As curiosity about Kennewick Man grew, the plot took an unexpected turn. The U.S. Army Corps of Engineers seized the remains before they could be studied any further by scientists.
The Corps’ actions were authorized by the Native American Grave Protection and Repatriation Act of 1990. (NAGRPA). In addition to other things, this statute mandates that federal agencies The Native American Indian tribe involved with the remains must be informed if the agency determines that they are of Native American descent. Then, at the Indian community’s request, the body must be returned to the community for burial in accordance with Indian tradition.
There were a lot of offended Native Americans because of this. They thought that the ancestors’ souls wouldn’t be at peace unless the bodies were properly buried. They felt that the white people’s decision to keep the bodies for scientific study betrayed their respect for Indian traditions.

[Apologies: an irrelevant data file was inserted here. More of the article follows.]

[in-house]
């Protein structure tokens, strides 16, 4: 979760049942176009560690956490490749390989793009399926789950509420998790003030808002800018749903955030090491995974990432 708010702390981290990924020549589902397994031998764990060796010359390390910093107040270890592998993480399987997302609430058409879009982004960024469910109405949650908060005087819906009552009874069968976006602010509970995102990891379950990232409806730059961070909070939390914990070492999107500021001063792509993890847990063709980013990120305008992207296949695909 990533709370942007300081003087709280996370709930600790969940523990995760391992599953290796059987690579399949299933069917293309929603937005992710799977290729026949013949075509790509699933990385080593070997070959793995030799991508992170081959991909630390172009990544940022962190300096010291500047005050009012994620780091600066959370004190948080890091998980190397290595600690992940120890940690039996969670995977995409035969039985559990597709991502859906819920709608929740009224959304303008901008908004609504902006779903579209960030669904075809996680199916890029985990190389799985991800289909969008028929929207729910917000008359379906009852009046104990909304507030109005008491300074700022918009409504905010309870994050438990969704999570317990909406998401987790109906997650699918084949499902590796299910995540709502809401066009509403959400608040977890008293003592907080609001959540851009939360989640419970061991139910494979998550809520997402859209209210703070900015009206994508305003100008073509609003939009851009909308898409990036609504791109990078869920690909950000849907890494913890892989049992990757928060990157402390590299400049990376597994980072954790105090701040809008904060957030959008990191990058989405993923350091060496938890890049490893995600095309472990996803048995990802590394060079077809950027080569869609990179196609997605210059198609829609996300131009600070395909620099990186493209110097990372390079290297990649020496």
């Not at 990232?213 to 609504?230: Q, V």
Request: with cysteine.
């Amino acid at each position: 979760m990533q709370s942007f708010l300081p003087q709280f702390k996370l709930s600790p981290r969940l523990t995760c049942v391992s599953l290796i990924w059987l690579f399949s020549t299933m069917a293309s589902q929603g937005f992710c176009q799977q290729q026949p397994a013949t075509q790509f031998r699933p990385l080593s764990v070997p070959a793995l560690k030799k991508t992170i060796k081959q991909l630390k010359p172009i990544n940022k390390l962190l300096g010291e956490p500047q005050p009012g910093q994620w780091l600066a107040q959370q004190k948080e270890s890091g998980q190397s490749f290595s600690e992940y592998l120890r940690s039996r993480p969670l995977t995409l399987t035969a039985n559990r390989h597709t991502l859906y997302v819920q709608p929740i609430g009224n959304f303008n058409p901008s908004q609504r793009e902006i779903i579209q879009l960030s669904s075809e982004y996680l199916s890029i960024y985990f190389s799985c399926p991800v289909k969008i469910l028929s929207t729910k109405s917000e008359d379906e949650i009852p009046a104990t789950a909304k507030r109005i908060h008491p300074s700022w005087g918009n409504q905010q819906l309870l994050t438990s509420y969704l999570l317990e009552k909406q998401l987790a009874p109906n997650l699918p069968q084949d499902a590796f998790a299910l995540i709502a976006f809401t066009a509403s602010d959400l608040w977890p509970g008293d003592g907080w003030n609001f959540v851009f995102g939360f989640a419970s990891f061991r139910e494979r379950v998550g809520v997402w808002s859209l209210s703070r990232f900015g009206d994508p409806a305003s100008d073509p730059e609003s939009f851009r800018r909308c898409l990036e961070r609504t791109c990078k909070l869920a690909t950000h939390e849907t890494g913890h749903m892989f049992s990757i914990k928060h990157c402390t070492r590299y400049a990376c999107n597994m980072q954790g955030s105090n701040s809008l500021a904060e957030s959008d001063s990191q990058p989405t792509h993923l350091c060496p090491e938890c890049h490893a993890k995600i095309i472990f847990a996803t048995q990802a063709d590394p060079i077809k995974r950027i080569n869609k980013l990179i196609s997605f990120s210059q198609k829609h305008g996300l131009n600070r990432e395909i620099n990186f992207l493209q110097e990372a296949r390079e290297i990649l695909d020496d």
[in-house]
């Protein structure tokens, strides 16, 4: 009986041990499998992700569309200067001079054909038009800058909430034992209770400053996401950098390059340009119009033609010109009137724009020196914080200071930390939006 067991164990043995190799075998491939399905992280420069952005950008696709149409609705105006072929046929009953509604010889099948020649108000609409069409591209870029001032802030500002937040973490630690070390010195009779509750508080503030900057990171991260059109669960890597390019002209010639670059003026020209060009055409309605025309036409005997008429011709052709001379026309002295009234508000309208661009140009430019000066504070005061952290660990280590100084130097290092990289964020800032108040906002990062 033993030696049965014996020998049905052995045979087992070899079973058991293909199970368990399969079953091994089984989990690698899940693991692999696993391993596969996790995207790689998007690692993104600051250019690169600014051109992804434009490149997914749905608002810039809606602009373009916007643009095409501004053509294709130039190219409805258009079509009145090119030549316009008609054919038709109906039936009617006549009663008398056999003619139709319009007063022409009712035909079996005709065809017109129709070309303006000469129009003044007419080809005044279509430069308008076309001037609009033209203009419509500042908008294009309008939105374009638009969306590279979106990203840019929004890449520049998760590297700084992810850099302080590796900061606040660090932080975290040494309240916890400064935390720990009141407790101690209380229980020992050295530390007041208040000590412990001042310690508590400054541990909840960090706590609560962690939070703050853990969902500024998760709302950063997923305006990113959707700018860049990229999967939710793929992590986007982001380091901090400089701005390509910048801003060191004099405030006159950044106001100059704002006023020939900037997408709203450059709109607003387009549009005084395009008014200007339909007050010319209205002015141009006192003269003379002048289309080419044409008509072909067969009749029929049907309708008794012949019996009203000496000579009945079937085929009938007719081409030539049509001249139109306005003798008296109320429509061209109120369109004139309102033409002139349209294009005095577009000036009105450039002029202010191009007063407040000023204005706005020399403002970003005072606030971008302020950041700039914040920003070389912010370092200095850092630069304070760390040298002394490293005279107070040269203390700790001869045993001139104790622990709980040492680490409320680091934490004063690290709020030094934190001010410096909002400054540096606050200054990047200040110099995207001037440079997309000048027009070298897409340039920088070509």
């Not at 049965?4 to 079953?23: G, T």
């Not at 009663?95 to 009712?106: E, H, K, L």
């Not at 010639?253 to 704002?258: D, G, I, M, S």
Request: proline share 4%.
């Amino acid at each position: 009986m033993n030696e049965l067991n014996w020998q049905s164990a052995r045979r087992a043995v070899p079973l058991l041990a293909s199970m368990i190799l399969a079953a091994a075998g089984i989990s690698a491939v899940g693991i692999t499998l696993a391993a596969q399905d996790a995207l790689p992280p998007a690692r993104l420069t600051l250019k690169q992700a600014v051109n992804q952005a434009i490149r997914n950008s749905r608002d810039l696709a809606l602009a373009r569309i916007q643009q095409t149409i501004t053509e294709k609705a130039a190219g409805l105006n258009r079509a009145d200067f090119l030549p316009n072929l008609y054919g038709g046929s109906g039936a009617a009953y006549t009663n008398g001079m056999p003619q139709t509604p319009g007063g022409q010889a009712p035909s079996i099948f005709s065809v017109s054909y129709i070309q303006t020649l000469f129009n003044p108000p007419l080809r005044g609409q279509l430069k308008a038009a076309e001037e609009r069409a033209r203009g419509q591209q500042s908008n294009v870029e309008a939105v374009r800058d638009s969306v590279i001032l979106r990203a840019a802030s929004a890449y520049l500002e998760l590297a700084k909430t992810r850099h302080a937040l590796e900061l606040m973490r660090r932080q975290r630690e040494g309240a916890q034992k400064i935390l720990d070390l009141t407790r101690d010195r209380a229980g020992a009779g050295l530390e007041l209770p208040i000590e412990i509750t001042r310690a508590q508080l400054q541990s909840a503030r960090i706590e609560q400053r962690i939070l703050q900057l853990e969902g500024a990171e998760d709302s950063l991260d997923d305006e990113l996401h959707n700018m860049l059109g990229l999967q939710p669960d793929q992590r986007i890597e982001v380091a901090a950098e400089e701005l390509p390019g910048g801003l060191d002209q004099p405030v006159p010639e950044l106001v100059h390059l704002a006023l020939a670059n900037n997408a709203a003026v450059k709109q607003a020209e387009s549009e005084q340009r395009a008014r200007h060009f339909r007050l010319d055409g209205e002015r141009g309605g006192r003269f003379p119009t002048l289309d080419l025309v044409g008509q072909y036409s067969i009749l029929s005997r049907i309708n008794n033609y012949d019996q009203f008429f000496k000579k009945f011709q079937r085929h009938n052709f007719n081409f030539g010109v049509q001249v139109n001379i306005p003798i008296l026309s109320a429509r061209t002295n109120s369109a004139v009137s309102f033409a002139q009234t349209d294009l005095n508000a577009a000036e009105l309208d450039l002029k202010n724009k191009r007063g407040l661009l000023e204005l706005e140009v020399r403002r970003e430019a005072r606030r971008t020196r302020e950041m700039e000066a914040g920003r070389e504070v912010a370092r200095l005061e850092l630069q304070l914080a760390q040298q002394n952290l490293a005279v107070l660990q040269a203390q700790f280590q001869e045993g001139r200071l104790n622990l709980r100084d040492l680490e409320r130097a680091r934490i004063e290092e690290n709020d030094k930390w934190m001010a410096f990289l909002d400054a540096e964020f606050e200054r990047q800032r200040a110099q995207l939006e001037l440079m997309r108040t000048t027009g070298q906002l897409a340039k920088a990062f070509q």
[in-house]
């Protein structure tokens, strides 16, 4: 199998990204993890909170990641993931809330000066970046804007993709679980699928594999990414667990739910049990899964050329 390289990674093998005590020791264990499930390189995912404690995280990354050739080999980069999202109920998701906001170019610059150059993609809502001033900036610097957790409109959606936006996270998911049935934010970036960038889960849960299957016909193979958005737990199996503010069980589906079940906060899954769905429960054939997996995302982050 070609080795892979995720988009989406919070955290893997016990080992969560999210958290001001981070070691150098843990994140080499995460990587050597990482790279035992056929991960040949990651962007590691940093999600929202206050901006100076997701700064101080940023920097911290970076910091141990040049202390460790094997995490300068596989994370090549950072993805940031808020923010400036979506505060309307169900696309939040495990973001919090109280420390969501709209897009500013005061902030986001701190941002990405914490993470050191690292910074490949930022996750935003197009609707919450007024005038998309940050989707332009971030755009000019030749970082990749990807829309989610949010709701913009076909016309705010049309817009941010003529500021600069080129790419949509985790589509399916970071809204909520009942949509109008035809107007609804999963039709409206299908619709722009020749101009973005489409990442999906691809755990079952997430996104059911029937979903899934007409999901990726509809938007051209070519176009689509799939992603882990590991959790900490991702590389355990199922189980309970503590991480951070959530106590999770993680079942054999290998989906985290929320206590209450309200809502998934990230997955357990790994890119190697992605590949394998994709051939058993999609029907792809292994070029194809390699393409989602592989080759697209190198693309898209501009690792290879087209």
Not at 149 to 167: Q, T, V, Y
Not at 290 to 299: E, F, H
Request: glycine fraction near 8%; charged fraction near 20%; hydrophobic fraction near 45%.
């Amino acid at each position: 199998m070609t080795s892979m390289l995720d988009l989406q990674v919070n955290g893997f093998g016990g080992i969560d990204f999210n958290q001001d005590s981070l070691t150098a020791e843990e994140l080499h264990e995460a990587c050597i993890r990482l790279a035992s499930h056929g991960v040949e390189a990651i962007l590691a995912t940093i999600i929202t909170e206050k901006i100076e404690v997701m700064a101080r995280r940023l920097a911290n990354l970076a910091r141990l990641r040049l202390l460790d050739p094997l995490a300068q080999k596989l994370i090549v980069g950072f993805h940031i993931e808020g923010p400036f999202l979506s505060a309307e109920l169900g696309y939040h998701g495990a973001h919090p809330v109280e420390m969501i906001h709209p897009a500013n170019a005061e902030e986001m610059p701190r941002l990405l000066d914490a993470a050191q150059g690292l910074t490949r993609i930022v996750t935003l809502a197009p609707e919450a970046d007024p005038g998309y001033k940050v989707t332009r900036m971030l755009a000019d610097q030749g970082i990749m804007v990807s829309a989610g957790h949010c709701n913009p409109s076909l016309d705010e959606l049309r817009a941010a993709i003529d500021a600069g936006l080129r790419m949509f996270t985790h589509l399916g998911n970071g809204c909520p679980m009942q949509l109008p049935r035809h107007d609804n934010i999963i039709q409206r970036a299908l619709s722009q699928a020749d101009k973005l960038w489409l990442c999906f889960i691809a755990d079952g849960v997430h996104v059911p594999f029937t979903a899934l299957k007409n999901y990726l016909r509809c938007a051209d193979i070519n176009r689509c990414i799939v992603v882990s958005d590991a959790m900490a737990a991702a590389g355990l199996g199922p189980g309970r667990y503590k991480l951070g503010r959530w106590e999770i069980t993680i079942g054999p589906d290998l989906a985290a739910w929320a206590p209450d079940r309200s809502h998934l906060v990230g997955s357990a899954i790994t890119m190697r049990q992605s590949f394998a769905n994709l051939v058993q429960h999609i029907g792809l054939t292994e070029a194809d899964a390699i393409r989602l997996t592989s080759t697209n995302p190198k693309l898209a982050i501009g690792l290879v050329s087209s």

These issues were addressed by NAGRPA. Museums receiving government funding were also subject to the law, as they were expected to document their collections, determine their origins, and return any cultural property to their rightful tribe.
According to the Army Corps of Engineers, the Kennewick Man falls under this regulation. It concluded that the Kennewick bones were over 9,000 years old since they were discovered on Umatilla Indian tribe grounds.